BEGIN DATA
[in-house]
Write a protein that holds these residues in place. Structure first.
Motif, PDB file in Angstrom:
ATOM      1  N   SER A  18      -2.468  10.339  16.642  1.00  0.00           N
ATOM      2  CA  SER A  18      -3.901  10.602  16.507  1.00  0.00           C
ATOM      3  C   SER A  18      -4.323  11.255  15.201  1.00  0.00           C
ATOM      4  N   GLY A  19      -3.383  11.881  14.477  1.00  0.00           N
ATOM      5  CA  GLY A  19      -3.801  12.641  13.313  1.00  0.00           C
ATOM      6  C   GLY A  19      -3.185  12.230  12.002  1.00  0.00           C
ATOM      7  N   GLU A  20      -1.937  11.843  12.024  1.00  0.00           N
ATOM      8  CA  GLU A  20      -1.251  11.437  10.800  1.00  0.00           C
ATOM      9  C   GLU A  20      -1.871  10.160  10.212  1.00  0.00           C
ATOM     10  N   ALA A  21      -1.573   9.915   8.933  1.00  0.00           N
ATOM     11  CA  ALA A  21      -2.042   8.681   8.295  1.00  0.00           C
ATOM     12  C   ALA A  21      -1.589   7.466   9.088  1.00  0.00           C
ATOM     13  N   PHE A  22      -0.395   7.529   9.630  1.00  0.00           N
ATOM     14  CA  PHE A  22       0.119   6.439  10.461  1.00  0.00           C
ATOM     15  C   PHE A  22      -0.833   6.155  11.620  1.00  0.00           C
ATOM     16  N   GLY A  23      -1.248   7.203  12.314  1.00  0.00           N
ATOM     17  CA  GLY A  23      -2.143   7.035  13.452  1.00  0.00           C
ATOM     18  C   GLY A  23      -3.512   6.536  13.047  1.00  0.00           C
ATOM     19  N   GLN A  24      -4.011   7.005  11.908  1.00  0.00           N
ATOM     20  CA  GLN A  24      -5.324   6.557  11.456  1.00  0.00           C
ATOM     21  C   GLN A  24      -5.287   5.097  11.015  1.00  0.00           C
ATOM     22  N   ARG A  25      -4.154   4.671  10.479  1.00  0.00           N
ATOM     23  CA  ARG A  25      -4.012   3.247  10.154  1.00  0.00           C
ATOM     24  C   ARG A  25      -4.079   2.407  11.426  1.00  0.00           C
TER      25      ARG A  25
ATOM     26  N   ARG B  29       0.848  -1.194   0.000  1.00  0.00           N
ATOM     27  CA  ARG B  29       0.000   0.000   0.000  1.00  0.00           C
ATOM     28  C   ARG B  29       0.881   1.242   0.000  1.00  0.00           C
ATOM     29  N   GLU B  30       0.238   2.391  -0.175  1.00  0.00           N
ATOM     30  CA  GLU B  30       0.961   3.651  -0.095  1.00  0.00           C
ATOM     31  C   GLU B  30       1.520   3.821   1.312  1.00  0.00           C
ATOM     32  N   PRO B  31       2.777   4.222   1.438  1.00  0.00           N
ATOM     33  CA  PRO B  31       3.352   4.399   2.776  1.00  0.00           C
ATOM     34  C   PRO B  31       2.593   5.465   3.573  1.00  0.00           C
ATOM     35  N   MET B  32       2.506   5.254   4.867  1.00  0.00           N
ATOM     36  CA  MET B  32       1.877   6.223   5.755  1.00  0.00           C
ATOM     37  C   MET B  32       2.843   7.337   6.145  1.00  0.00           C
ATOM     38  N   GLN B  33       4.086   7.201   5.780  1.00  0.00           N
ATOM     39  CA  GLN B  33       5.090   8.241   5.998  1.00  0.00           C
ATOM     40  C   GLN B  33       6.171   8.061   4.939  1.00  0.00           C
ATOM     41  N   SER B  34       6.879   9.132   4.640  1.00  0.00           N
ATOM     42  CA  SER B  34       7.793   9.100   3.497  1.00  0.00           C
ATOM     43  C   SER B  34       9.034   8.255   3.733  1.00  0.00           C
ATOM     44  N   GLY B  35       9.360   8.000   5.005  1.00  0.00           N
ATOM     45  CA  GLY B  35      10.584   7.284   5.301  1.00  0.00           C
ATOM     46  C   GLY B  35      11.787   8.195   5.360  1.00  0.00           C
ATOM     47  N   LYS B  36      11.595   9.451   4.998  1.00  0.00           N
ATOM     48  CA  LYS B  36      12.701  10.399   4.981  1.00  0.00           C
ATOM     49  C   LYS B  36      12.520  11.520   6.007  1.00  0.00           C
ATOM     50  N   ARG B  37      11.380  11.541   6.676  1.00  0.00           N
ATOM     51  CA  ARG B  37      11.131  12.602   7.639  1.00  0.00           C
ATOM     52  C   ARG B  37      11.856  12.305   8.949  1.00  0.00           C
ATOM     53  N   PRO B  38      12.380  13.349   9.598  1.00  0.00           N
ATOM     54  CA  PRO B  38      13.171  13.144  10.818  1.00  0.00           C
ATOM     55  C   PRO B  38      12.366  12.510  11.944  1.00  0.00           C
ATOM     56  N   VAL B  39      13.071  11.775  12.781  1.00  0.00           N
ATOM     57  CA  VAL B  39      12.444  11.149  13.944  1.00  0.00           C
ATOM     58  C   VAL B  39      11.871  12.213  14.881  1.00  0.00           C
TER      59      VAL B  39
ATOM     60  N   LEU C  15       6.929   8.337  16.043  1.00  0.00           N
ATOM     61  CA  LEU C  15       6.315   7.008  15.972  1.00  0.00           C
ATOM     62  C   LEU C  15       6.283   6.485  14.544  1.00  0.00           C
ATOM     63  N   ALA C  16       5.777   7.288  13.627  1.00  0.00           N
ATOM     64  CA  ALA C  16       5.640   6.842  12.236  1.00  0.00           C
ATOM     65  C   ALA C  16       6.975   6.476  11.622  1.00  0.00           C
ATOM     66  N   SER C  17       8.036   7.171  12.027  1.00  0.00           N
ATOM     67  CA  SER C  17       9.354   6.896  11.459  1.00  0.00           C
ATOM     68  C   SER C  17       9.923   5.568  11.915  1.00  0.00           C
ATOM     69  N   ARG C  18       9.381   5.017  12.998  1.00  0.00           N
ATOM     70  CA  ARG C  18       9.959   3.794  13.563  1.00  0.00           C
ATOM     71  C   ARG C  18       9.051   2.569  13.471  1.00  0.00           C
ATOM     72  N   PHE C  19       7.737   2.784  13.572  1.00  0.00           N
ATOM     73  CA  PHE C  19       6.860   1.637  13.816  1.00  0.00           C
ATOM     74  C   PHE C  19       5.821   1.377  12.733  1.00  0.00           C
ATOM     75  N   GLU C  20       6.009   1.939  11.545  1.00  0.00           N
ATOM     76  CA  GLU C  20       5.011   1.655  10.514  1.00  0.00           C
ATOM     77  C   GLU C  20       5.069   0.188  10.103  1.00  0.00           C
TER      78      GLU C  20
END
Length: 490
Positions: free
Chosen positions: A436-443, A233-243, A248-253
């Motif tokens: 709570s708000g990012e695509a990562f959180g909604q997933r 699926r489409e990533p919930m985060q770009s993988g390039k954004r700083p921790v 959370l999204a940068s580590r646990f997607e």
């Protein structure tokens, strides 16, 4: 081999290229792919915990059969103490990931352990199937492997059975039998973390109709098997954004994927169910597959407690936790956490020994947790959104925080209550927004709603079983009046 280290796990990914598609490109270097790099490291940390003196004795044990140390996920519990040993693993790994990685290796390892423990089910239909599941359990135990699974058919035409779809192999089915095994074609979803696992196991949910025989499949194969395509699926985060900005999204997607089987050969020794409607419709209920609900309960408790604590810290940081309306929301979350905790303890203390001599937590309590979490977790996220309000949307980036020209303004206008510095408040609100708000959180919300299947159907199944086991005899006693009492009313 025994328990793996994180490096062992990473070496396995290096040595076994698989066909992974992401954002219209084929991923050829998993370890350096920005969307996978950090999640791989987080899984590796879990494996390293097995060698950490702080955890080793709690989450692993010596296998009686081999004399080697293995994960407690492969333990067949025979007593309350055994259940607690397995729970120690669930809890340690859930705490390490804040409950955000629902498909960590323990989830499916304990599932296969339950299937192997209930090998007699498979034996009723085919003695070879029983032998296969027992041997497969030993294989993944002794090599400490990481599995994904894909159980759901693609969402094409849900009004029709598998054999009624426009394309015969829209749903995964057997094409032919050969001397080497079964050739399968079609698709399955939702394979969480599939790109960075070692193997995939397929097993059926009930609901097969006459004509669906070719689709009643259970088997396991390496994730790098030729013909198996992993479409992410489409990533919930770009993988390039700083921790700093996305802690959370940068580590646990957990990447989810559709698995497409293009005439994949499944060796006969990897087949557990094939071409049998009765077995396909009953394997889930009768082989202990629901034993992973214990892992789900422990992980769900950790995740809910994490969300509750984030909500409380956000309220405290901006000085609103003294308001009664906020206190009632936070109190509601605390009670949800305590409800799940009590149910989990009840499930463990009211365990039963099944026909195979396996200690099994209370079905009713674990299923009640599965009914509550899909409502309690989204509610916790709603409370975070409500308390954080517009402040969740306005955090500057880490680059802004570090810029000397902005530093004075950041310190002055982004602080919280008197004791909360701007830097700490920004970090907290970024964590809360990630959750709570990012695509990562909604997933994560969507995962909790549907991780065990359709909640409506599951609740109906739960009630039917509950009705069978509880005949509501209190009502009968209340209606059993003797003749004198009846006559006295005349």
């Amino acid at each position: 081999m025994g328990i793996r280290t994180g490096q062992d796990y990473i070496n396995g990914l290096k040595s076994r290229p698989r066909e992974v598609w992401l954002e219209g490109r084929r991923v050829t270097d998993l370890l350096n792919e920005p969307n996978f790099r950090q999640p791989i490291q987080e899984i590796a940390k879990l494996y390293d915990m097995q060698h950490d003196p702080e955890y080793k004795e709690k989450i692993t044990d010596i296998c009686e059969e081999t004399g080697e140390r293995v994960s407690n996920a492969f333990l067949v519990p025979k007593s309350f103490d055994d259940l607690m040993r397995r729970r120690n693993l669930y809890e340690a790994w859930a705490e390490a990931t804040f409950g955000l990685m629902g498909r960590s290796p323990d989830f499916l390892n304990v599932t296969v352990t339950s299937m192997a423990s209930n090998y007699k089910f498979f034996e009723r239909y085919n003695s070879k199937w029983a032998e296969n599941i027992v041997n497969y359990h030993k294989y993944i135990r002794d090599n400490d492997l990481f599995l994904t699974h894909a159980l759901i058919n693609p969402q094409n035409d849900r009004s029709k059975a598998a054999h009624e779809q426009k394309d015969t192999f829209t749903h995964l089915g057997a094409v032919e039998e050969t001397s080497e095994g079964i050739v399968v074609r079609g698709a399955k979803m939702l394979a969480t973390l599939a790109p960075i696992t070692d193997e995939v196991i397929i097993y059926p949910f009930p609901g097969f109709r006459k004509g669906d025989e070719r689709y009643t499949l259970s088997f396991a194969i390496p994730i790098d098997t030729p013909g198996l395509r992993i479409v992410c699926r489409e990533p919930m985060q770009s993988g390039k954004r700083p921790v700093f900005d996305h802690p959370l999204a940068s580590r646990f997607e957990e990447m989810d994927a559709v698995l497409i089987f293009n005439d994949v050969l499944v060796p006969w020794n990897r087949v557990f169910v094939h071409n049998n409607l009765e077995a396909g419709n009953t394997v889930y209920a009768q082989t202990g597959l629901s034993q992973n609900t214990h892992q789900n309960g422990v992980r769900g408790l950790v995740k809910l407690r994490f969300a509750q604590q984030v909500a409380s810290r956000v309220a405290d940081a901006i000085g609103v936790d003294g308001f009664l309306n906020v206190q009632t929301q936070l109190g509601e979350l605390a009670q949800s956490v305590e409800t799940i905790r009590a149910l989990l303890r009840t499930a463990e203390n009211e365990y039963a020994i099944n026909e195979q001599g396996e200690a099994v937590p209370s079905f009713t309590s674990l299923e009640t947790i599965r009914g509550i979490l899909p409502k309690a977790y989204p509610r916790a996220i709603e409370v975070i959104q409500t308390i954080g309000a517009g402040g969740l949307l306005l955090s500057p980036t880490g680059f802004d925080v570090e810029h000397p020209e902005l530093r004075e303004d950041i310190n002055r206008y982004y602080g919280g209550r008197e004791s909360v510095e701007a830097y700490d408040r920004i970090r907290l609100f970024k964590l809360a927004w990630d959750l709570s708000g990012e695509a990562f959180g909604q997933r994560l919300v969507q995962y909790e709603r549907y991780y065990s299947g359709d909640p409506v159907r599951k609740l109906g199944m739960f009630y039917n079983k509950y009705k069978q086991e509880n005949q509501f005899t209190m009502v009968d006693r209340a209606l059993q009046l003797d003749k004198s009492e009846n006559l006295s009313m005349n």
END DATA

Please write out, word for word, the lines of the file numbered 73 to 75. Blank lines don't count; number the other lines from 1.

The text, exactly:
ATOM     70  CA  ARG C  18       9.959   3.794  13.563  1.00  0.00           C
ATOM     71  C   ARG C  18       9.051   2.569  13.471  1.00  0.00           C
ATOM     72  N   PHE C  19       7.737   2.784  13.572  1.00  0.00           N